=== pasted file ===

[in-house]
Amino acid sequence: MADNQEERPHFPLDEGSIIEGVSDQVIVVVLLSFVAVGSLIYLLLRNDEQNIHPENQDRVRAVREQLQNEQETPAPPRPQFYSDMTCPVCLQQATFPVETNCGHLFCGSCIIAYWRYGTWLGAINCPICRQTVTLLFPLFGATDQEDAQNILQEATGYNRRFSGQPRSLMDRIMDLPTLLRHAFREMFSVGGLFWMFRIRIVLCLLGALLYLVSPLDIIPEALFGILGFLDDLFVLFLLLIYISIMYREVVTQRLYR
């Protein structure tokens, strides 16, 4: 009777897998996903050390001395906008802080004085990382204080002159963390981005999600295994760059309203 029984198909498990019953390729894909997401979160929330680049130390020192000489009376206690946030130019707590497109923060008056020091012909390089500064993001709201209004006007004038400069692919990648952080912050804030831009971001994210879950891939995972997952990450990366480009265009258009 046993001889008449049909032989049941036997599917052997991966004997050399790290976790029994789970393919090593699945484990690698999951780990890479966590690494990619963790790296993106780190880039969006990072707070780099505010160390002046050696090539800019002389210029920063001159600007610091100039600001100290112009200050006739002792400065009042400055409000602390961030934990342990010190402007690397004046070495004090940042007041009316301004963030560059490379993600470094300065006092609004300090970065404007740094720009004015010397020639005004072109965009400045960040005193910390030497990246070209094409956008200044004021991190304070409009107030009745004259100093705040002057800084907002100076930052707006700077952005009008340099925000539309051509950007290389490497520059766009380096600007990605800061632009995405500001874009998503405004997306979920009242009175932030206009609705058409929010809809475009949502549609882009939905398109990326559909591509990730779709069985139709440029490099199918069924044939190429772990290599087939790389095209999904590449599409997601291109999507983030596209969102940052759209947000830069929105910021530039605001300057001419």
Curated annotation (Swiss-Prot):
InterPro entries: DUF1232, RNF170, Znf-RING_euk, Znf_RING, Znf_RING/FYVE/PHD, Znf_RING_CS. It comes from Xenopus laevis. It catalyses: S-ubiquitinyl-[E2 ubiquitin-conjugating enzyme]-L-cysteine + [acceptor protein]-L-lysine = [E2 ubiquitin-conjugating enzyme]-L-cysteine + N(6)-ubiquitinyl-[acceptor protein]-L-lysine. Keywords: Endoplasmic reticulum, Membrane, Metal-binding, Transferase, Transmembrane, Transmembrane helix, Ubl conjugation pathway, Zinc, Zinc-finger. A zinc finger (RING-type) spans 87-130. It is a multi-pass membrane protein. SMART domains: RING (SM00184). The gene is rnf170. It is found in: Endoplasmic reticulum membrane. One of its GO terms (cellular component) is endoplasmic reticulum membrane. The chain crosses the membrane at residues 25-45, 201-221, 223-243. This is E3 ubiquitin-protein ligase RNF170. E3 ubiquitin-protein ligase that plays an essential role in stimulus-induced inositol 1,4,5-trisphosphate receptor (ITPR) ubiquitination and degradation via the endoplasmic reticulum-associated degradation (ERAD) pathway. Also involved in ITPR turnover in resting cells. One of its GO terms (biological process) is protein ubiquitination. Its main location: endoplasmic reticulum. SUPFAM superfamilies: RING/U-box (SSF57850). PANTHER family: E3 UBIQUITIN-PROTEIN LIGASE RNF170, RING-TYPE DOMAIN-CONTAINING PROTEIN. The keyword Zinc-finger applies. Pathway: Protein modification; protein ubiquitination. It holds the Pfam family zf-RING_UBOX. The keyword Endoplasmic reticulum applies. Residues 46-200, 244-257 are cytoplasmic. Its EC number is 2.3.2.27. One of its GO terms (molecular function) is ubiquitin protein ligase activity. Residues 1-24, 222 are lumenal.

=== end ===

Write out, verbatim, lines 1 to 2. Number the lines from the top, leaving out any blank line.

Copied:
[in-house]
Amino acid sequence: MADNQEERPHFPLDEGSIIEGVSDQVIVVVLLSFVAVGSLIYLLLRNDEQNIHPENQDRVRAVREQLQNEQETPAPPRPQFYSDMTCPVCLQQATFPVETNCGHLFCGSCIIAYWRYGTWLGAINCPICRQTVTLLFPLFGATDQEDAQNILQEATGYNRRFSGQPRSLMDRIMDLPTLLRHAFREMFSVGGLFWMFRIRIVLCLLGALLYLVSPLDIIPEALFGILGFLDDLFVLFLLLIYISIMYREVVTQRLYR